How To Protect Your Mental Health If You Become Physically Disabled

 

finances and depression

 

How To Protect Your Mental Health If You Become Physically Disabled

 

This HypoGal Blog post is about how to protect your mental health if you become physically disabled.

Mental health is not an easy topic for most to speak about, including me.

I realize my voice needs to chime about mental health and disability.

Before my diagnosis, with Sheehan’s Syndrome, I suffered from extreme depression.

(Click on the following link to read my Sheehan’s Syndrome Story.)

I  continuously cried for no reason; my body ached, my soul felt wrapped in black darkness, and I felt empty.

I struggled with how to appear mental healthy and not allow my flood of tears pour. I was not successful.

Medical experts later discovered that my lake of tears, my depression was triggered by Sheehan’s Syndrome.

Sheehan’s Syndrome occurs when a woman loses too much blood during or after childbirth.

The loss of blood may cause the pituitary gland to die or loss function over time.

The loss of pituitary gland function is what triggered my depression.

My body lost its ability to signal and release essential hormones. 

These essential hormones are needed for our body’s to function correctly.

My lack of hormones sent my body into an emotional downward spiral.

As I climbed out the darkness of my world, I realized how a physical disability or disease can affect your mental health.

Before my Sheehan’s Syndrome diagnosis, I would tell doctor after doctor that I was depressed from being sick and my depression is not my illness.

I firmly believe a physical disability or illness contributes to a person’s mental health status.

Health and Depression

The American Health Association states that depression occurs in 33 percent of people who experience heart attacks.

Furthermore, in diabetes patients, it is thought that brain chemistry can be altered by from diabetes.

Diabetic neuropathy or the lack of blood flow through the brain’s blood vessels may contribute to depression.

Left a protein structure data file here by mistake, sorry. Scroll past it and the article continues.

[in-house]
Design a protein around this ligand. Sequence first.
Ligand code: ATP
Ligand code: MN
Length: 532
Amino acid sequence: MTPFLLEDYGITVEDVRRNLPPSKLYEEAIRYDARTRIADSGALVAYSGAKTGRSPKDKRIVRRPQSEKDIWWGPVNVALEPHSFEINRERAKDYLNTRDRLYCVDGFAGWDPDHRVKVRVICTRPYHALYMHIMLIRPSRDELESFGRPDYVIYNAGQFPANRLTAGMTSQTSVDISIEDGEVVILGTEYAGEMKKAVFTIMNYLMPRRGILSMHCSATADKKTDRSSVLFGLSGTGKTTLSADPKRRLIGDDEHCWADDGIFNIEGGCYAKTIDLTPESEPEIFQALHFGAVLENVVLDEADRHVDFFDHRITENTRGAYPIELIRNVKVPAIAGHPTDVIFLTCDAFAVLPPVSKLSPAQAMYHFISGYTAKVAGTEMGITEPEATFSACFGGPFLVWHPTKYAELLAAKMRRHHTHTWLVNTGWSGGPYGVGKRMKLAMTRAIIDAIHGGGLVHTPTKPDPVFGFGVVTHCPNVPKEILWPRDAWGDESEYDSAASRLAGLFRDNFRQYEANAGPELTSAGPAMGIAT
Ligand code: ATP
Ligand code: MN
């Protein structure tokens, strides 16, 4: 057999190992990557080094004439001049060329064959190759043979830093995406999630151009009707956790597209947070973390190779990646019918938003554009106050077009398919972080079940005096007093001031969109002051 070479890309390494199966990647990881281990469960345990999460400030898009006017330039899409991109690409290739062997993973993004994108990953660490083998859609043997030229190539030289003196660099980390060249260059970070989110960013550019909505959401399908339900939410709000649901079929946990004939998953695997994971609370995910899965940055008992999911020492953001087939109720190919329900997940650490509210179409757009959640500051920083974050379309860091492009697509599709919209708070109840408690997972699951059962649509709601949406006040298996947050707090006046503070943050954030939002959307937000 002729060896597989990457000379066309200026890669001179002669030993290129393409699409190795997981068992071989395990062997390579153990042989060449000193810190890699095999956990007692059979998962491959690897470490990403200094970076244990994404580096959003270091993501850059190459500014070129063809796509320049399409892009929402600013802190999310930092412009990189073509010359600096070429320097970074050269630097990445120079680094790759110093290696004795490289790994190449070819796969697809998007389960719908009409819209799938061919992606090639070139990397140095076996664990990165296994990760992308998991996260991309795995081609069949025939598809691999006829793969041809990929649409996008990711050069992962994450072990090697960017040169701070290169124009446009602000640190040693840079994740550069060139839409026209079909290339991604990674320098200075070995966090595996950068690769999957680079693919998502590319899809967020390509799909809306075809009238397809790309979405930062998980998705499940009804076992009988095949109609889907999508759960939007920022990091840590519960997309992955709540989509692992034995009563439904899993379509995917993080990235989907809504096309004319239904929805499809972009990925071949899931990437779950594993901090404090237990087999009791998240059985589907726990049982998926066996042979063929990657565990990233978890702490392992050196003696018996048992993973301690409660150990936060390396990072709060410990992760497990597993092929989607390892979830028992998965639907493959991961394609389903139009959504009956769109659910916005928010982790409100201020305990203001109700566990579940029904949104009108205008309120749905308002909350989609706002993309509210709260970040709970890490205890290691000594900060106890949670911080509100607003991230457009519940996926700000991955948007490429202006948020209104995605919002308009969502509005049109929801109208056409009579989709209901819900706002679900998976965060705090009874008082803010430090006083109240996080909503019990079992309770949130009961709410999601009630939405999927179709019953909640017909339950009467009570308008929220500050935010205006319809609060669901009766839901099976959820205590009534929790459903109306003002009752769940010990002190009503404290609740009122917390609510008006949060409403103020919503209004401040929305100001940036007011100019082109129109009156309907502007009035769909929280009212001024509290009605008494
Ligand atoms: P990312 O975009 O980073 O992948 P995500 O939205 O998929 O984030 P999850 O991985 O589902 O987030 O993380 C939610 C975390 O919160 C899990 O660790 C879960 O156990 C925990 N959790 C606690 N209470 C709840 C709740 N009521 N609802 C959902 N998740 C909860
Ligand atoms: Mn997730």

The National Institutes of Health reported in a 2011 study that people who have type 2 diabetes, experience depression symptoms often have higher blood sugar levels.

Besides a life-altering chronic disease, a significant injury can cause depression.

An injury can make a person’s lifestyle change in a second.

As with people with serious illnesses, people with severe injuries may not have the medical, financial or social resources.

There are resources out there to help those with depression.

Many people with depression find that taking medically prescribed antidepressants may help improve their mood and life coping skills.

Antidepressants help the key brain chemicals norepinephrine, serotonin and dopamine work better with the circuitry of the brain.

Some of the most common antidepressants that doctors prescribed include:

  • Citalopram (Celexa)
  • Fluoxetine (Prozac)
  • Paroxetine (Paxil)
  • Sertraline (Zoloft)
  • Duloxetine (Cymbalta)

In addition to antidepressants, a doctor may also prescribe an anti-anxiety drug or bipolar disorder medication.

Antidepressants cannot heal chronic illness or an injury.

If you notice that your mood is getting worse or if you have thoughts about hurting yourself‚ it is important to call your doctor right away.

Depression and Suicide

Some people who are depressed may think about hurting themselves or committing suicide.

If you or someone you know is having thoughts of hurting themselves, then please seek immediate help.

The following resources can help:

  • Call 1−800−273−TALK (8255) to reach a 24−hour crisis center or dial 911.
  • 1−800−273−TALK is the National Suicide Prevention Lifeline that provides free‚ confidential help to people in crisis.
  • Call your mental health provider.
  • Get help from your primary doctor or another healthcare provider.
  • Reach out to a close friend or loved one.
  • Contact a spiritual leader or someone else in your faith community.

National agencies and professional organizations have information to help you find a mental health professional.

The following are several mental health website resources:

  • Anxiety and Depression Association of America
  • Depression and Bipolar Support Alliance
  • Mental Health America
  • National Alliance on Mental Illness

Finances and Depression

Life with a chronic medical condition or severe injury is expensive.

A medical condition or injury may limit a person’s ability to work.

Without a paycheck, most people do not have additional resources.

Financial troubles can increase a person’s depression.

These resources may aid you with your finances:

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Resources:

http://www.heart.org/HEARTORG/HealthyLiving/StressManagement/HowDoesStressAffectYou/Depression-After-A-Cardiac-Event-or-Diagnosis_UCM_440444_Article.jsp#.Wfz7DBNSzUI

https://www.healthline.com/health/type-2-diabetes/depression#overview1

https://www.ncbi.nlm.nih.gov/pubmed/21978660

https://www.nimh.nih.gov/health/find-help/index.shtml
https://www.everydayhealth.com/depression/guide/resources/

 


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